PTI-Judiciary vs govt-establishment | By Naveed Aman Khan


PTI-Judiciary vs govt-establishment

POLITICS will consume much of Pakistan’s time and attention in 2023, as it did in 2022. The country’s turn to political instability last spring did not end with a dramatic no-confidence vote in parliament last April that ousted Imran Khan from office. Instability and polarization have only heightened since then: Imran has led a violent opposition movement against the incumbent coalition government and the military, staging a series of large rallies across the country through the year. The struggle for power in Pakistan continues into 2023. While the incumbent government has not ceded to Imran’s demand for early elections, country-wide elections are constitutionally mandated to be held by October this year. It benefits the government politically to hold them off as long as it possibly can as it tries to dig itself out of Pakistan’s urgent economic crisis and its lacklustre domestic performance.

PTI still controls government in Gilgit Baltistan. The year 2023 is on to a dramatic continuation, with Imran’s party initiating the process to dissolve the Punjab and KP assemblies to pressurize the federal government into early elections. For politics-obsessed Pakistan, the biggest question remains who will win the next general election. Will former Prime Minister Nawaz Sharif return to Pakistan to run as the head of his party, the PML-N? Can Imran Khan win on the strength and support from bench, despite his serious confrontation with the military? Regardless of the outcome, we can say this much given the history of the main contenders: The direction of the country is unlikely to change. A precarious economic situation is terrifying.

Pakistan may end up avoiding default for the time being with IMF help and loans from friendly countries, especially Saudi Arabia and other Gulf nations. None of Pakistan’s political parties seem to have the political will or ability to bring about such a change. Pakistan must pay back $73 billion by 2025; it won’t be able to do so without debt restructuring. The TTP, the terrorist group responsible for killing tens of thousands of Pakistanis from 2007 to date, have been emboldened – predictably so – by a Taliban-ruled Afghanistan, and once again pose a threat to Pakistan, albeit in a geographically limited region. The group engaged in at least 150 attacks in Pakistan last year, mostly in the northwest.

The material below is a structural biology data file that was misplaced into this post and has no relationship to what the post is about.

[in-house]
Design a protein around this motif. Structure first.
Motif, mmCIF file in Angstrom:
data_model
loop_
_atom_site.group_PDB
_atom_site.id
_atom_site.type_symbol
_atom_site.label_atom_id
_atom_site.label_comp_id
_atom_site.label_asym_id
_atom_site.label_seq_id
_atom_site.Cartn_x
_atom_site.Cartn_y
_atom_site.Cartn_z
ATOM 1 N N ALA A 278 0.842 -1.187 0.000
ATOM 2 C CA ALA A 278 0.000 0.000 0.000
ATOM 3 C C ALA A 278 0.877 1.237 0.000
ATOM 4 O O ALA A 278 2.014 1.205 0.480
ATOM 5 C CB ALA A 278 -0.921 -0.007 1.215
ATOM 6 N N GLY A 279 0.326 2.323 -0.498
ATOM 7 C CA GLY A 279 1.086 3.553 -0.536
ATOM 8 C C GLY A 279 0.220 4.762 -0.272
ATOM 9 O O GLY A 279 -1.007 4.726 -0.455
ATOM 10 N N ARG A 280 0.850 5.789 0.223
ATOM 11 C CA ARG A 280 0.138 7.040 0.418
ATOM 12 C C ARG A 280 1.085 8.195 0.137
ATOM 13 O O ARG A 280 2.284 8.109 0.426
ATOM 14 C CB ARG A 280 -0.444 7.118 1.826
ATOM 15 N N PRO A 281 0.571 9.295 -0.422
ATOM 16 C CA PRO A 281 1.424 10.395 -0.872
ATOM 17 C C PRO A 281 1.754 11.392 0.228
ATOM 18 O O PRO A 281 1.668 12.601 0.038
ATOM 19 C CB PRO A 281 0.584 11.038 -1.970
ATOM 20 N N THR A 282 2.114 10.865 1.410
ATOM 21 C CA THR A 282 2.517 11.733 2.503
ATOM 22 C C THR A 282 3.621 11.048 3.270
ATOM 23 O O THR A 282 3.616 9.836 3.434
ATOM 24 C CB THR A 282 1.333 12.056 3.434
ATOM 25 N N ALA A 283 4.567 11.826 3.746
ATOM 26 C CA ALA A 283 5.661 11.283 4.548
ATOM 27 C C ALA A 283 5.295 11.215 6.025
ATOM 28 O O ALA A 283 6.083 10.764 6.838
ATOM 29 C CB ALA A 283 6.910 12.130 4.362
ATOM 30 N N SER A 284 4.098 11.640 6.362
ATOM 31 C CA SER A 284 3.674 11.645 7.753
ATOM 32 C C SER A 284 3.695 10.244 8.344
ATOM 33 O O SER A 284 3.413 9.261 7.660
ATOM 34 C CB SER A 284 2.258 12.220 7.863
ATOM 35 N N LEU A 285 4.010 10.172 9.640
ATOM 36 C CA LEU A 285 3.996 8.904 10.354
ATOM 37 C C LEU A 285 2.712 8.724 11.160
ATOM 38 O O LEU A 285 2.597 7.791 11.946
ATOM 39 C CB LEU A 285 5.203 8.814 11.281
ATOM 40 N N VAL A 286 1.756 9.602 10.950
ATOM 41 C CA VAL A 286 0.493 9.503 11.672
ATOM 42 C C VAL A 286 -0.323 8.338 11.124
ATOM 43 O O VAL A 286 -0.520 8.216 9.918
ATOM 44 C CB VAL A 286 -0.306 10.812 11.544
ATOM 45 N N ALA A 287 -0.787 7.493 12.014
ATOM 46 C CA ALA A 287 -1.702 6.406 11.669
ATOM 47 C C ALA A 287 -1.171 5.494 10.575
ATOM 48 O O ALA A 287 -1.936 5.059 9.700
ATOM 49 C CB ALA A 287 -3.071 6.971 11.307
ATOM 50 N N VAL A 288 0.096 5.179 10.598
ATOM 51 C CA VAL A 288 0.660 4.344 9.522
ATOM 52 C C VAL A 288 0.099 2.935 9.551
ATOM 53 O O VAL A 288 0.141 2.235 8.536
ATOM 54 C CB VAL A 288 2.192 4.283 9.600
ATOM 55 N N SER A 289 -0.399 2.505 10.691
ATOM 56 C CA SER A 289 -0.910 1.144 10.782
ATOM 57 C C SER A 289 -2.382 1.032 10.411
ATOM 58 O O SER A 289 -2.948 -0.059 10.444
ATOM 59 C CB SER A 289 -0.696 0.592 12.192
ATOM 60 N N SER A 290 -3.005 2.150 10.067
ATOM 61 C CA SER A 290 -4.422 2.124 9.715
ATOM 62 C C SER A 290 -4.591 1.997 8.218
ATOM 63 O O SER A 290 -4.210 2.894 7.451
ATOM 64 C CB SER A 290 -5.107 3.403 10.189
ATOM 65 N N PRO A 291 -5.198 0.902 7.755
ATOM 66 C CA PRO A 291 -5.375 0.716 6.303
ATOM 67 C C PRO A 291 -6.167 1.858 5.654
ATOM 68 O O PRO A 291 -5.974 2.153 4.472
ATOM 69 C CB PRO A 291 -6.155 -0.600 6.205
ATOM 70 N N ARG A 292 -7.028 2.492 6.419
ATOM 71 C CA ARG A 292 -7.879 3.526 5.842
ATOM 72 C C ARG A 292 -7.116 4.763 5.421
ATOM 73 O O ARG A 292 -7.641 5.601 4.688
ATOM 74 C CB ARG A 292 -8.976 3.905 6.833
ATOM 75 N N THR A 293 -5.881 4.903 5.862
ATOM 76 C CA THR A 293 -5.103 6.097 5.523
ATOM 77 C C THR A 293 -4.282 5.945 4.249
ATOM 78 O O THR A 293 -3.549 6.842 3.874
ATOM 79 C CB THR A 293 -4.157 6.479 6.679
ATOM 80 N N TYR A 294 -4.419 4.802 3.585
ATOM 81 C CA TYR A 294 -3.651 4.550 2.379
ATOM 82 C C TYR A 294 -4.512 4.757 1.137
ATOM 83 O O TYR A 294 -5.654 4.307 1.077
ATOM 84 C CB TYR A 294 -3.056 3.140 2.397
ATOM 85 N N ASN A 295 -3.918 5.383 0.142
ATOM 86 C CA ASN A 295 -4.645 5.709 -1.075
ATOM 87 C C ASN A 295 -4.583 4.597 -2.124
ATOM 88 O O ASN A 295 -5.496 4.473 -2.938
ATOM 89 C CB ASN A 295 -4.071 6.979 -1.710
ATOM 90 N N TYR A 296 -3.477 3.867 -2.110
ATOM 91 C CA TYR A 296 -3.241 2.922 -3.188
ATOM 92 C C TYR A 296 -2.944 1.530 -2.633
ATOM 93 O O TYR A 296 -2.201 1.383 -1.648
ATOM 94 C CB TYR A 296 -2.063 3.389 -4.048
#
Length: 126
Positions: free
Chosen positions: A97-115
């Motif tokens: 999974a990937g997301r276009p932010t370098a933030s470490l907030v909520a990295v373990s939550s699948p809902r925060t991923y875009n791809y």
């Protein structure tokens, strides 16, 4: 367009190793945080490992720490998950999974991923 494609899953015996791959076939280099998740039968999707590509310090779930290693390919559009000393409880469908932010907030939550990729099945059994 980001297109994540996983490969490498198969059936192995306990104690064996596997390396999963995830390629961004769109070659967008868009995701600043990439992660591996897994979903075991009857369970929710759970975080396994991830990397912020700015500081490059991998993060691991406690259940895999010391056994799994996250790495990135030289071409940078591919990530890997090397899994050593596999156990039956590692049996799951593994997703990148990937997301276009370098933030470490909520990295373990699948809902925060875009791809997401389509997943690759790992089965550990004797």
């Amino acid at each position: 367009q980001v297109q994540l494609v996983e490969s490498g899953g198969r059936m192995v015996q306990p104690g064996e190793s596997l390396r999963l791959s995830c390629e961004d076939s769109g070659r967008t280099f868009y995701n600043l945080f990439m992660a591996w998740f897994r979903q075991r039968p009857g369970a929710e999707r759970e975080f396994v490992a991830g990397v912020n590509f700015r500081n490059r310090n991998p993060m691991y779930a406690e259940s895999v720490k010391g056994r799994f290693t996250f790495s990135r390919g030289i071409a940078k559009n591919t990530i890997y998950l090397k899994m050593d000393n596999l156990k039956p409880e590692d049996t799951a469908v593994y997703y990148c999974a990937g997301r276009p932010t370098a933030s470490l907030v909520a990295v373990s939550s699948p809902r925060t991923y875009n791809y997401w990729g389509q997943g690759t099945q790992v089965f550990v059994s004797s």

The TTP have sanctuary in Afghanistan, the Pakistani state increasingly finds itself out of options when it comes to dealing effectively with the group. The state’s negotiations with the TTP have failed, as they are bound to, because the group is fundamentally opposed to the notion of the Pakistani state and constitution as it exists today. The Afghan Taliban have, unsurprisingly, also not proved to be of help in dealing with the TTP – and Pakistan’s relations with the Afghan Taliban have deteriorated significantly at the same time over other issues, including the border dividing the two countries.

Pakistan’s first preference will be to strike kinetically at TTP targets within its borders, but that will be limited by TTP movement across the border into Afghanistan. That movement is what leaves Pakistan with the difficult-to-resolve TTP issue and complicates things beyond the military operation it launched against the group in 2014. Still, the Pakistani Taliban at this point is not the biggest threat Pakistan faces, given the country’s major political and economic challenges — but left unchecked, it could morph into a significant crisis.

Pakistan has a new chief of army staff as of November 29 last year. General Asim Munir replaced General Qamar Javed Bajwa, who had held the all-powerful post for six years due to a three-year extension. The appointment of the army chief was a subject of considerable political contention last year; a major part of the reason Imran was ousted from power was his falling out with the military on questions over the appointments of top army officials including that of ISI Chief General Nadeem Anjum.

All eyes are now on how govt-military relations and PTI – judiciary shape up under General Asim Munir and Chief Justice Bandial ahead. Earlier under Bajwa, the military solidified its control over all manner of policy behind the scenes. Bajwa presided over a close “same-page” relationship with Imran; when that frayed, the PML-N was eager to take Imran’s place as the military’s ally and head of the civilian government. Bajwa left office saying the army would no longer be involved in political matters; few in Pakistan believe him.

Bajwa announced that military establishment will remain neutral ahead but judiciary didn’t announce that it would be neutral onwards. Will not the judiciary go neutral? With politics set to dominate the agenda this year and an election imminent, General Asim Munir has a chance to show the country whether he will follow in his predecessor’s footsteps, or chart a new course for civil-military and civil -judiciary relations in Pakistan. Pakistan’s history indicates the former.

—The writer is editor, book ambassador, political analyst and author of several books based in Islamabad.

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